Being a leader isn’t just about shouting orders and giving people tasks. That can often be counterproductive—no one likes being yelled at by someone who doesn’t know what they’re doing. Instead, take your cues from great leaders, who always seem to have their employees’ best interests at heart. Listening is key. When someone comes up with a new idea or suggestion, listen closely before reacting; after all, that person was smart enough to come up with it in the first place!
8- Set aside time to reflect
One of the biggest mistakes leaders make is that being a leader means you must be 100% at all times. If you want to be a successful nurse leader, it’s important that you set aside time in your day for reflection. Spend 15 minutes daily observing and listening rather than talking or doing. You can take advantage of quiet moments between patients before and after meetings with your team members. When you come away from these reflective periods, write down what made you pause—don’t worry about writing anything profound just yet! The purpose of reflecting is so that when more urgent issues arise during your busy day, you can quickly review what was distracting from your leadership goals.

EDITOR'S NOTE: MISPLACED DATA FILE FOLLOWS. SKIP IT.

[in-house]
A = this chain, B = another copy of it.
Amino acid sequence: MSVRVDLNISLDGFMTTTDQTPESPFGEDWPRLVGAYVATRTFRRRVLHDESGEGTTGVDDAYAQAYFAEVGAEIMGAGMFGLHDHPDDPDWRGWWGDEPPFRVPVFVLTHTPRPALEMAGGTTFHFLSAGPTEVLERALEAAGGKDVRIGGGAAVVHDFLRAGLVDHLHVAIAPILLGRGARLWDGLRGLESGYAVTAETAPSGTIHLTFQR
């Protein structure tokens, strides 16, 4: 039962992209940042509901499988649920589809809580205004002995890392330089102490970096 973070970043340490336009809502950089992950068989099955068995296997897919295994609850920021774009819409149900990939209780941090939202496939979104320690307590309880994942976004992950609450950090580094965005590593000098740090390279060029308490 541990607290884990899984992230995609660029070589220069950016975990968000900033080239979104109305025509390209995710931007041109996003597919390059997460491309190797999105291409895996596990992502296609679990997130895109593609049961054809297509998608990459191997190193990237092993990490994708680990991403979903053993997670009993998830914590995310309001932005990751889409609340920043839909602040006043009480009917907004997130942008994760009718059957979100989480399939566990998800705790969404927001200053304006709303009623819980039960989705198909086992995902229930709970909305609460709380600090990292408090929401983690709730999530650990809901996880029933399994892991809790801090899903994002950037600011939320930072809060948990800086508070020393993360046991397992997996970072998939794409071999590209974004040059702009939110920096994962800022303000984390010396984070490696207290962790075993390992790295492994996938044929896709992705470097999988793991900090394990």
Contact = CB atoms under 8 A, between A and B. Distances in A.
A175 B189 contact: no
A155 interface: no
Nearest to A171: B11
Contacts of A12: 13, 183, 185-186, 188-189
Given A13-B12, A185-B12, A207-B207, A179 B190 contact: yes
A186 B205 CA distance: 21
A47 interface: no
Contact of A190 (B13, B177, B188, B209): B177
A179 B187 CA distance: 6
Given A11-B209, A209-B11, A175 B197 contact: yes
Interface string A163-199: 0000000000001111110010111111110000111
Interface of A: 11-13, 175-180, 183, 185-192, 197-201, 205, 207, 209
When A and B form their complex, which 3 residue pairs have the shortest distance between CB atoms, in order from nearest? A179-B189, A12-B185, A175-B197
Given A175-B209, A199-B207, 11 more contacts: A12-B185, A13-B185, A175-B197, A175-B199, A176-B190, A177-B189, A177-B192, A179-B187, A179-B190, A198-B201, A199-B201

When you start working as a registered nurse, you quickly learn that there are many ways to contribute to the health and well-being of your patients. As you advance your career, it’s important to determine what skills you need to develop to best serve your patients, colleagues, and facility. To become an effective nurse leader, consider developing the strategies mentioned above into strengths.